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Apr 1, 2007 03:12 PM

The Missing Online Menu Prices

I am celebrating an anniversary next weekend and decided to celebrate with a special dinner. I set out my budget and decided to find some places that looked appealing. Then, I would check out their online menu (if they had one) and see if it was in the budget target.

One place in particular caught my eye and I looked at their website. Very nicely put together. Attractive. East to read. Etc. I then click the menu link. There were lots of great choices.

Alas, there was not a single price to be found.

Still intrigued by the place, I called their phone number. I requested a copy of their menu be emailed to me. They said they couldn't accommodate my request. I asked for a faxed copy. No can do, they replied.

Okay. So I inquired about their prices. "Entrees ranged from $18 - $47." Um... okay, but that doesn't tell me much and I can tell the person on the other end of the phone is getting tired of my questions, so I simply thank them and hang up the phone followed by my drawing a thick line through that restaurant's name on the note pad that contains a variety of dining options for an anniversary celebration.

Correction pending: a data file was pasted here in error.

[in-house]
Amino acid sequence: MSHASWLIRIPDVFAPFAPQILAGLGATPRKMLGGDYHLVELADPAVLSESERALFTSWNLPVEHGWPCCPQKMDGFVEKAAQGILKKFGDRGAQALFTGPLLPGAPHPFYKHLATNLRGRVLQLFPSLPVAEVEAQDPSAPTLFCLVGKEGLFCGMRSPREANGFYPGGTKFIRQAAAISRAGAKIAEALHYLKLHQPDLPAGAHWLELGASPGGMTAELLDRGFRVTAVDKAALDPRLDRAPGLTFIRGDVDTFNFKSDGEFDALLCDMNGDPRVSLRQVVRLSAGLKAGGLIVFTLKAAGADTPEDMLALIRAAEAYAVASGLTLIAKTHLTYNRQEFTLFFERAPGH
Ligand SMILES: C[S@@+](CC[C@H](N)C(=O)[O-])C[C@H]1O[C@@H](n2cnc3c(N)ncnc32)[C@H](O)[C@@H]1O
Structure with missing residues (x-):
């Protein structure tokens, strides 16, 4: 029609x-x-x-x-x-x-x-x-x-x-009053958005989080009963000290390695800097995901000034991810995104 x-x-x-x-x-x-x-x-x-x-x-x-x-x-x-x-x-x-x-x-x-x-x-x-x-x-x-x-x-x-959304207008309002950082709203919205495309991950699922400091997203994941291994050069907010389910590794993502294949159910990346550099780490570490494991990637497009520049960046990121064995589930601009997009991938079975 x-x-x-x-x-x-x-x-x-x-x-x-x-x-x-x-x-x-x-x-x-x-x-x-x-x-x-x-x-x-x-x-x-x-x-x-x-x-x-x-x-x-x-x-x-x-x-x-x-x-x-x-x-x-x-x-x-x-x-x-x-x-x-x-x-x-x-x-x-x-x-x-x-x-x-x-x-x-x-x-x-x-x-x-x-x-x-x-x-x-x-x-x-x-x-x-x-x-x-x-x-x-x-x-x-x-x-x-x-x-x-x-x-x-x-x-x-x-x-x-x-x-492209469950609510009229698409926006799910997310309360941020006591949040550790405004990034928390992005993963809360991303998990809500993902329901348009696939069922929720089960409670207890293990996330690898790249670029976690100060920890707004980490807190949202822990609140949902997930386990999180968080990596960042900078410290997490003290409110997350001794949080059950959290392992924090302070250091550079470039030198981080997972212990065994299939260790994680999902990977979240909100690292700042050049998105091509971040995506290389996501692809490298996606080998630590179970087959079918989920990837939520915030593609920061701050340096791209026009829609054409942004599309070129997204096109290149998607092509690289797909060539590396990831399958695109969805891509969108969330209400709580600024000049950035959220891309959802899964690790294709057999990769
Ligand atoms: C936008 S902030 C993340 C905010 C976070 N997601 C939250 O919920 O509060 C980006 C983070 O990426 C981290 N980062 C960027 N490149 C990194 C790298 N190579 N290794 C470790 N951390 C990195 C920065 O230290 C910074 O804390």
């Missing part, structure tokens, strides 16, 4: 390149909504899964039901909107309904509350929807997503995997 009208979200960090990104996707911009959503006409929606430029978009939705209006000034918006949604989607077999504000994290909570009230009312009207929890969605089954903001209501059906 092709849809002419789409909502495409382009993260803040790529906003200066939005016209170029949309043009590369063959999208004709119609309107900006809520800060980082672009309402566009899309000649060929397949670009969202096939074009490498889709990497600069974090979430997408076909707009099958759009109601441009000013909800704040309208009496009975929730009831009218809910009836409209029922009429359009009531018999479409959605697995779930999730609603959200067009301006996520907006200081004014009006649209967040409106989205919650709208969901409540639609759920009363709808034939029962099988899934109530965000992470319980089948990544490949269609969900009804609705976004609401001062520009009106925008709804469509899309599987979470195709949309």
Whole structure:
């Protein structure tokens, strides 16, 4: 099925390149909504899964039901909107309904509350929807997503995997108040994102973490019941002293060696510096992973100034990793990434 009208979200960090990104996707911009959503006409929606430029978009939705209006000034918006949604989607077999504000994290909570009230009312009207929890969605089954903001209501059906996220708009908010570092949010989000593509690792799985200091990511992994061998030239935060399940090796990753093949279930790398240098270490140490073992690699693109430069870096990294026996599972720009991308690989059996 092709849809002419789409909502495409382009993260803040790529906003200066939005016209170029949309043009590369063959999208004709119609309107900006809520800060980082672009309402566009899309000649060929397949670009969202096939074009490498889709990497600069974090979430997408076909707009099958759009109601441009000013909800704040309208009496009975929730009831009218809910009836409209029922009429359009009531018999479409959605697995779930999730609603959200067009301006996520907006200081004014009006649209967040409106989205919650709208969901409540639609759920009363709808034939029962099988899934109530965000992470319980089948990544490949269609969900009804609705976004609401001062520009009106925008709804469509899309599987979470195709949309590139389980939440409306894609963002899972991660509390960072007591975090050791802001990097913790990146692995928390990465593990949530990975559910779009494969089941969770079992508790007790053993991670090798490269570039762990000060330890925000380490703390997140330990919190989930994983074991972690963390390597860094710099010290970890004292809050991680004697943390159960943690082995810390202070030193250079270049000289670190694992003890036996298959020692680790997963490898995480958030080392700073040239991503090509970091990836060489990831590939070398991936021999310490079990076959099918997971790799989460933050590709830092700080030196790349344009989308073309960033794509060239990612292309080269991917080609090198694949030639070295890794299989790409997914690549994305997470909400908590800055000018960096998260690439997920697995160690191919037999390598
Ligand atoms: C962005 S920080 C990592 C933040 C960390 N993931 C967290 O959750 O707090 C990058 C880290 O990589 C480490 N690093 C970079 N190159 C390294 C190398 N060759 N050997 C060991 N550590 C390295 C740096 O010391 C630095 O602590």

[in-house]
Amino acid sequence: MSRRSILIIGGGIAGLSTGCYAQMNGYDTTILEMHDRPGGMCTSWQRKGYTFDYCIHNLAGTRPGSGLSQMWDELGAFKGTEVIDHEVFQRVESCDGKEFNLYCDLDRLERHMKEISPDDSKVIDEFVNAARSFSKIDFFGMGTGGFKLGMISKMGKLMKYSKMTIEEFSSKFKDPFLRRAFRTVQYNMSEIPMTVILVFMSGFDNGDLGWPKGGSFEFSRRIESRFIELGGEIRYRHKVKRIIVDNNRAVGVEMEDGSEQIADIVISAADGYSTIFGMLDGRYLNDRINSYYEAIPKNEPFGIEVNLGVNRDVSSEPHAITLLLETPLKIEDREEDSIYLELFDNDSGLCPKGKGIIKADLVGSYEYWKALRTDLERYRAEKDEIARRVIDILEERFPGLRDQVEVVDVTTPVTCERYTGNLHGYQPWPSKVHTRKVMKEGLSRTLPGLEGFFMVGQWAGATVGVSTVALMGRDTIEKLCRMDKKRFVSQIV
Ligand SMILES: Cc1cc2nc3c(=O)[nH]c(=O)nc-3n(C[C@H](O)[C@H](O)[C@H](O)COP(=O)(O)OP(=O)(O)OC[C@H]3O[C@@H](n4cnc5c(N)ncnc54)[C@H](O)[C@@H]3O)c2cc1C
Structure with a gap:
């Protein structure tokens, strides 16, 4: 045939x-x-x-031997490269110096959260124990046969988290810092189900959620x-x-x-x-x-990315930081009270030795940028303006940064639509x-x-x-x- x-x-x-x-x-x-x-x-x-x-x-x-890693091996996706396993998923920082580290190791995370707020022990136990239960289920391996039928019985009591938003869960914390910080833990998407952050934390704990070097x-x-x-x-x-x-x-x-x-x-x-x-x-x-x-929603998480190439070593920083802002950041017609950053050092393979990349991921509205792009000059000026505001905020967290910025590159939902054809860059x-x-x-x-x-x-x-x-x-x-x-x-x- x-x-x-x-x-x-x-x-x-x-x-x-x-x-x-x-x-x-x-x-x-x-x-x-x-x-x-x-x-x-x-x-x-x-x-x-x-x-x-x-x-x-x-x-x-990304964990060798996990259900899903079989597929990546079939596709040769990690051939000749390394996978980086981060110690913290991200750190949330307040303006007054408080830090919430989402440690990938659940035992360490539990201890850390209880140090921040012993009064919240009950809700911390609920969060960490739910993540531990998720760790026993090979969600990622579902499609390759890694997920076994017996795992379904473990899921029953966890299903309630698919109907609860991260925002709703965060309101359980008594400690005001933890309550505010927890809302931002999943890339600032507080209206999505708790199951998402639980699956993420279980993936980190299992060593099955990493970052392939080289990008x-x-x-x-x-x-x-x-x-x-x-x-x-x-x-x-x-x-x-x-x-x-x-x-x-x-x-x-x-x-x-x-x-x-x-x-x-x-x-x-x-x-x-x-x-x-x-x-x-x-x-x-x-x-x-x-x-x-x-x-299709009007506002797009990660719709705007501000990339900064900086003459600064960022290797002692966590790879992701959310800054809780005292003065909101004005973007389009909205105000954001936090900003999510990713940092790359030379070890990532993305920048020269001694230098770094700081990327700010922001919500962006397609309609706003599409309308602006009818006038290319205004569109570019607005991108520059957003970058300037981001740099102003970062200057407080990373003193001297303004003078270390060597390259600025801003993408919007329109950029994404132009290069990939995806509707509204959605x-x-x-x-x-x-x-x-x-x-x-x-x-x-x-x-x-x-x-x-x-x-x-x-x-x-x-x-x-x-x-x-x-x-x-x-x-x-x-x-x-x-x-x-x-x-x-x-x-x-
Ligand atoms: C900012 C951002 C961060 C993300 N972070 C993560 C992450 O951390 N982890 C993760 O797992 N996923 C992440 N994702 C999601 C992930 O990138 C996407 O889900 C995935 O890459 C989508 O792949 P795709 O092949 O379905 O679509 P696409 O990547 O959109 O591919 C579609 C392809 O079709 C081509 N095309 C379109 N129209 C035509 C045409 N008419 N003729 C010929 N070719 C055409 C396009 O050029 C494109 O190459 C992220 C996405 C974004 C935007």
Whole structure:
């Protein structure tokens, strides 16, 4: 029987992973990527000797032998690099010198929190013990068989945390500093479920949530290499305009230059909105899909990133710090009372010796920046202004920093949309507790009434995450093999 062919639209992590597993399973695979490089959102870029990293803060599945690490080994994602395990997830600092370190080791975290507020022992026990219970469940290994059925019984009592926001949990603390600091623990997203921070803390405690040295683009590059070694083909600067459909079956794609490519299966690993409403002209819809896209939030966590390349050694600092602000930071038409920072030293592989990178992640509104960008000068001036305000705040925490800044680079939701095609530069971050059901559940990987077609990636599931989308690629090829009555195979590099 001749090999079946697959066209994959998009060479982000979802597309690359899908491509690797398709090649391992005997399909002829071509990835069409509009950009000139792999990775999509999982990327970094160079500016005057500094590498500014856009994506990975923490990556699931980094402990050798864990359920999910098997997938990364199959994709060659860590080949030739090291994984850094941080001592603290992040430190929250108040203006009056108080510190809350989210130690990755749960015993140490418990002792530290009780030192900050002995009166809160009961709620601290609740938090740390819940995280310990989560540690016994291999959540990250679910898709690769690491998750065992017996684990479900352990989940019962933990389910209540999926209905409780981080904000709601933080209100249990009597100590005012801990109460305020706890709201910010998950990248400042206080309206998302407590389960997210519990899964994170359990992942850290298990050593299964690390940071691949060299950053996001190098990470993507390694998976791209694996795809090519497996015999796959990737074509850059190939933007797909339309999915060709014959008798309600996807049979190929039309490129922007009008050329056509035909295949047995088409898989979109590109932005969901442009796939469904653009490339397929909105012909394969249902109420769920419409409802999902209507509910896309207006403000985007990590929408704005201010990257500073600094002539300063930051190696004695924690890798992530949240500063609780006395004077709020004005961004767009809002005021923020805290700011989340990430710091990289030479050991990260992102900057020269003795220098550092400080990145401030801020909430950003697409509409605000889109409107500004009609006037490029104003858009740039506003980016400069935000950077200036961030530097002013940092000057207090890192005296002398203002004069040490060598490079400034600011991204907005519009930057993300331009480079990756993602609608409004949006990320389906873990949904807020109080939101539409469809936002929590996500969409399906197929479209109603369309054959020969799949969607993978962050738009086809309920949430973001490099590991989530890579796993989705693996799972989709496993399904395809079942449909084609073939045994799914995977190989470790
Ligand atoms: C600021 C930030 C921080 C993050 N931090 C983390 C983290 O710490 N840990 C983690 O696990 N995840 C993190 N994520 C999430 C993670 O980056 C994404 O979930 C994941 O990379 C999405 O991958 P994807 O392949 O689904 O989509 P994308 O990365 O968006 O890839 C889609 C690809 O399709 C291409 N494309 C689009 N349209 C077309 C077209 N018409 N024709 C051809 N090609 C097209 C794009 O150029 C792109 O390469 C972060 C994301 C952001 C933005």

So, what gives? I am finding plenty of restaurants online that do not include their menu prices. Is there some logic that I am not getting here? In my mind, if I can't find prices, I am hesitant to go because I have been in that uncomfortable situation where the pricing structure doesn't mix well with my personal budget for the evening. And telling me a range of $18-$47 is unhelpful as well because there may be one entree at $18 and the next one in price is $35.

Frankly, I'm stumped. It's isn't that hard to list or change prices or, in a pinch, scan the current menu into a PDF file and post it as a link.

Any insight on why prices are absent from many online menus?

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  1. 1. If the prices are high (which they usu. are if they are omitted), it won't scare off the intrepid, but frugal, diner. Because once you are actually AT the restaurant, chances are you will stay and eat even if the prices are high(er) than you expected.

    2. Gives the restaurant freedom to raise/adjust prices at a whim.